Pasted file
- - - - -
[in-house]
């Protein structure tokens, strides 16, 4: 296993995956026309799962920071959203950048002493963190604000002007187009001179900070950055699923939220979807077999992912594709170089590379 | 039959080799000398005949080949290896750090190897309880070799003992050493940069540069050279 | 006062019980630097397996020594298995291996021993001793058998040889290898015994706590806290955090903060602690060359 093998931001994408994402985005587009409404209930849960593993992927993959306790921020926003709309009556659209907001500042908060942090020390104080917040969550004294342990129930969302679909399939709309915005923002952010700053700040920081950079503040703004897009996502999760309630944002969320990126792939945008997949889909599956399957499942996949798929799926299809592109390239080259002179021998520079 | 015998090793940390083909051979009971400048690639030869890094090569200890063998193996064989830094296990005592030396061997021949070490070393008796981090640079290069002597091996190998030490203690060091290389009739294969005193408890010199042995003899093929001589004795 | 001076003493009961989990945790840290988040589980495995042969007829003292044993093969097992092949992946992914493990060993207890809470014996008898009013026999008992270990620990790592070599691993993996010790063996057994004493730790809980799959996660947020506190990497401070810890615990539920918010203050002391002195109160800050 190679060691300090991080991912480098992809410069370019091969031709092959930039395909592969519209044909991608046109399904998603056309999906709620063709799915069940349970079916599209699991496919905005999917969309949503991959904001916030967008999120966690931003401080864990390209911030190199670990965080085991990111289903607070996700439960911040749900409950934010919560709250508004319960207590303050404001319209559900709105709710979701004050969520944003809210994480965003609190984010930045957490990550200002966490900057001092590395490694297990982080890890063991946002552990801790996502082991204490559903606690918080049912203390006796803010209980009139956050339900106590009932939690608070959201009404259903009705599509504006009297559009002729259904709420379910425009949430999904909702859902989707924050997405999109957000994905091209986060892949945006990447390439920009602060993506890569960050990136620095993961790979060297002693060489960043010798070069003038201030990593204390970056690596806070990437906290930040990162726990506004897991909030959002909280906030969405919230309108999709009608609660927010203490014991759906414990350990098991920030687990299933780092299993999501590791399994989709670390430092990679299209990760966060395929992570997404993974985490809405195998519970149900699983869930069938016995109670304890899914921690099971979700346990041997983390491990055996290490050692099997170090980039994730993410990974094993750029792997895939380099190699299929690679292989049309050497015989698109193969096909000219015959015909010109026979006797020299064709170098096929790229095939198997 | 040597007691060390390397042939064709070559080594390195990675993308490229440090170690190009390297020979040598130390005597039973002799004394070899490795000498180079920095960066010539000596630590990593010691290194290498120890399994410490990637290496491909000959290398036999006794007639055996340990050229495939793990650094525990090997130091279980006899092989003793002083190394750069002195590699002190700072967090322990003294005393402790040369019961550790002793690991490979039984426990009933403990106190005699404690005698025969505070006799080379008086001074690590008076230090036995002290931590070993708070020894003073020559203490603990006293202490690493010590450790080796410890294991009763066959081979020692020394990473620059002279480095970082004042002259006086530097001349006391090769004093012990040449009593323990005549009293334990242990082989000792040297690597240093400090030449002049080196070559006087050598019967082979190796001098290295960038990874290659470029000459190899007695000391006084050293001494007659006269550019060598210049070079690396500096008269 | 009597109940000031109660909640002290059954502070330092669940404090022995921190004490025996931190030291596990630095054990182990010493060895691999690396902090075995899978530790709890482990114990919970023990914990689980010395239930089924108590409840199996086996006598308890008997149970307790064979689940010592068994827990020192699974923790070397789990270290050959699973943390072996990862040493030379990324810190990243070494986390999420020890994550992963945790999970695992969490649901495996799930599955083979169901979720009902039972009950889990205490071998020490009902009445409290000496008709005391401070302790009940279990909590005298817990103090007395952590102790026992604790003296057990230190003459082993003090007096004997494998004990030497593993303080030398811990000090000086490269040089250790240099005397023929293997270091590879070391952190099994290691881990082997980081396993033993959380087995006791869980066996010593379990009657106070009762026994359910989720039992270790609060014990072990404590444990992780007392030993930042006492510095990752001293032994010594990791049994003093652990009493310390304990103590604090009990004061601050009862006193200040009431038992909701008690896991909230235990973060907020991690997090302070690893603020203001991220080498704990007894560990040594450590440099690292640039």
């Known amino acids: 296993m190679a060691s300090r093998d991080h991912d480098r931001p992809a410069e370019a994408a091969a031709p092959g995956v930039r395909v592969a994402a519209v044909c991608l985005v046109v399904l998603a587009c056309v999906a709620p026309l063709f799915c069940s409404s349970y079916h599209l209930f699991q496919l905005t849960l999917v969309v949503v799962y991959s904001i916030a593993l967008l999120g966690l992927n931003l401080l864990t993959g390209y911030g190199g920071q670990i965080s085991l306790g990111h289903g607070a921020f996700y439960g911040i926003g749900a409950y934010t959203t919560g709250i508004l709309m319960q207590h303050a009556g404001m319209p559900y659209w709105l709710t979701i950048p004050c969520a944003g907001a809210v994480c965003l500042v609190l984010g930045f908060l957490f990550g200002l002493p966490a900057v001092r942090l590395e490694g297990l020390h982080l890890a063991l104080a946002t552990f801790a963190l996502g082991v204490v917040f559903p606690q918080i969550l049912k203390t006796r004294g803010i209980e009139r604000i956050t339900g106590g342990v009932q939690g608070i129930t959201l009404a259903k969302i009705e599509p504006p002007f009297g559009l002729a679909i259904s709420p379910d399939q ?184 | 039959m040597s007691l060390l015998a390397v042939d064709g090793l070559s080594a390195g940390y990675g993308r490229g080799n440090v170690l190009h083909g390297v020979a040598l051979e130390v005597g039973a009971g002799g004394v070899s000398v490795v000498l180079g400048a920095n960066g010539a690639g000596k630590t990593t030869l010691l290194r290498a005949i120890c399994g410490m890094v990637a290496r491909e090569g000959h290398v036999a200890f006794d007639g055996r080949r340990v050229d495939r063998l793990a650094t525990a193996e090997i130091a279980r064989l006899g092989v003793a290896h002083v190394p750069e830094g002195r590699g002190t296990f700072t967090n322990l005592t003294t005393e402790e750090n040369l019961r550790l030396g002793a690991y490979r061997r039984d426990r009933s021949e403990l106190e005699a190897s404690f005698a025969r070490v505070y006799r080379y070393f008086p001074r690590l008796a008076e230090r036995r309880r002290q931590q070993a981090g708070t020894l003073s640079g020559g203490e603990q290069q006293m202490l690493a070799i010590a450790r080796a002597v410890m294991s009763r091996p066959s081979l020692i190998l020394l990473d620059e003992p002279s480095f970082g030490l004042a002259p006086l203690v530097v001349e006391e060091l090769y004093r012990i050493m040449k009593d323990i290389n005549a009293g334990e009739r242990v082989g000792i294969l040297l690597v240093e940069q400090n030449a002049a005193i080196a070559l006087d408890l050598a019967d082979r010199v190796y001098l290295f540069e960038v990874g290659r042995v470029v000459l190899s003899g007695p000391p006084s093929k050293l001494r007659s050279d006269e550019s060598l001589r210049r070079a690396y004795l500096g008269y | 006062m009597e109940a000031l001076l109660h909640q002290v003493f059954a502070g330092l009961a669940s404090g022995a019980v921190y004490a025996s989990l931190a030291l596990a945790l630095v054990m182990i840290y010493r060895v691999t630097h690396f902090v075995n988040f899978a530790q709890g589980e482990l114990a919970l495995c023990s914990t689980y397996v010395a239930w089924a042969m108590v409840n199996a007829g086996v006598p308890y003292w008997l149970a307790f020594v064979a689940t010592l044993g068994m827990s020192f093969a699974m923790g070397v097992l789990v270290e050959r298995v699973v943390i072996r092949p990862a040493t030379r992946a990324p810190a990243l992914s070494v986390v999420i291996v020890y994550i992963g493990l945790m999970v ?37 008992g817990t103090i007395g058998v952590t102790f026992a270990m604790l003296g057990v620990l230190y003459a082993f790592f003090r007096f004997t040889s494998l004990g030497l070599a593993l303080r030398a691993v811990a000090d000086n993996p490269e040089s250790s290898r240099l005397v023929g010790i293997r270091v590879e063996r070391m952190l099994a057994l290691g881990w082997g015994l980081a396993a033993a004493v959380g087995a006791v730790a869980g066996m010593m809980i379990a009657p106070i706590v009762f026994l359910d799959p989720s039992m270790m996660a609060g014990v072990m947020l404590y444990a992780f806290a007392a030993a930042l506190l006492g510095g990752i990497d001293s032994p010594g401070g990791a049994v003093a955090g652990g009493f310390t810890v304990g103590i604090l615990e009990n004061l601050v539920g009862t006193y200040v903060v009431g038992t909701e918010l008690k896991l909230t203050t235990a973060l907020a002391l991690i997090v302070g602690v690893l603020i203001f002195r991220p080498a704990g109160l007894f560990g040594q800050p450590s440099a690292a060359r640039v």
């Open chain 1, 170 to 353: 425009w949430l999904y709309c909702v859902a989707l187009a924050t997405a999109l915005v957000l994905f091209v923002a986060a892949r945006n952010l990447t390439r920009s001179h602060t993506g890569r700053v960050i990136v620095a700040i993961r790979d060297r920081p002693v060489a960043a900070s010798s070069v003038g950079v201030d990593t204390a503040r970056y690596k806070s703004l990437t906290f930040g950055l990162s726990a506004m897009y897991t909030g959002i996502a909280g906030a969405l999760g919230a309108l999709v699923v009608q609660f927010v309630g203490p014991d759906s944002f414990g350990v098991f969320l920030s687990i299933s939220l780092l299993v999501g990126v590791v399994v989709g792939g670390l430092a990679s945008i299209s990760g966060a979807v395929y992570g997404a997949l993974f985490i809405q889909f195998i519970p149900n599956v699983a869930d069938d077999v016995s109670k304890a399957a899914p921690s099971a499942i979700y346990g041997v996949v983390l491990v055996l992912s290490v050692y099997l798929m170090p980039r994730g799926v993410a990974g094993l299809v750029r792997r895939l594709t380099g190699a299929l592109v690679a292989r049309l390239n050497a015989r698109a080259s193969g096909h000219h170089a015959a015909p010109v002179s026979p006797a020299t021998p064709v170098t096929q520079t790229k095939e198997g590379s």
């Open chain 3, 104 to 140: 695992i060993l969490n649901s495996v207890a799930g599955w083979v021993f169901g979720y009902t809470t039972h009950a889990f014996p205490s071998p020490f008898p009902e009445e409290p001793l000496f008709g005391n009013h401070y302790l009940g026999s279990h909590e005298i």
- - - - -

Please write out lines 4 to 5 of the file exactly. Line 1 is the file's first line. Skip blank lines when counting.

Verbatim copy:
């Open chain 1, 170 to 353: 425009w949430l999904y709309c909702v859902a989707l187009a924050t997405a999109l915005v957000l994905f091209v923002a986060a892949r945006n952010l990447t390439r920009s001179h602060t993506g890569r700053v960050i990136v620095a700040i993961r790979d060297r920081p002693v060489a960043a900070s010798s070069v003038g950079v201030d990593t204390a503040r970056y690596k806070s703004l990437t906290f930040g950055l990162s726990a506004m897009y897991t909030g959002i996502a909280g906030a969405l999760g919230a309108l999709v699923v009608q609660f927010v309630g203490p014991d759906s944002f414990g350990v098991f969320l920030s687990i299933s939220l780092l299993v999501g990126v590791v399994v989709g792939g670390l430092a990679s945008i299209s990760g966060a979807v395929y992570g997404a997949l993974f985490i809405q889909f195998i519970p149900n599956v699983a869930d069938d077999v016995s109670k304890a399957a899914p921690s099971a499942i979700y346990g041997v996949v983390l491990v055996l992912s290490v050692y099997l798929m170090p980039r994730g799926v993410a990974g094993l299809v750029r792997r895939l594709t380099g190699a299929l592109v690679a292989r049309l390239n050497a015989r698109a080259s193969g096909h000219h170089a015959a015909p010109v002179s026979p006797a020299t021998p064709v170098t096929q520079t790229k095939e198997g590379s």
């Open chain 3, 104 to 140: 695992i060993l969490n649901s495996v207890a799930g599955w083979v021993f169901g979720y009902t809470t039972h009950a889990f014996p205490s071998p020490f008898p009902e009445e409290p001793l000496f008709g005391n009013h401070y302790l009940g026999s279990h909590e005298i």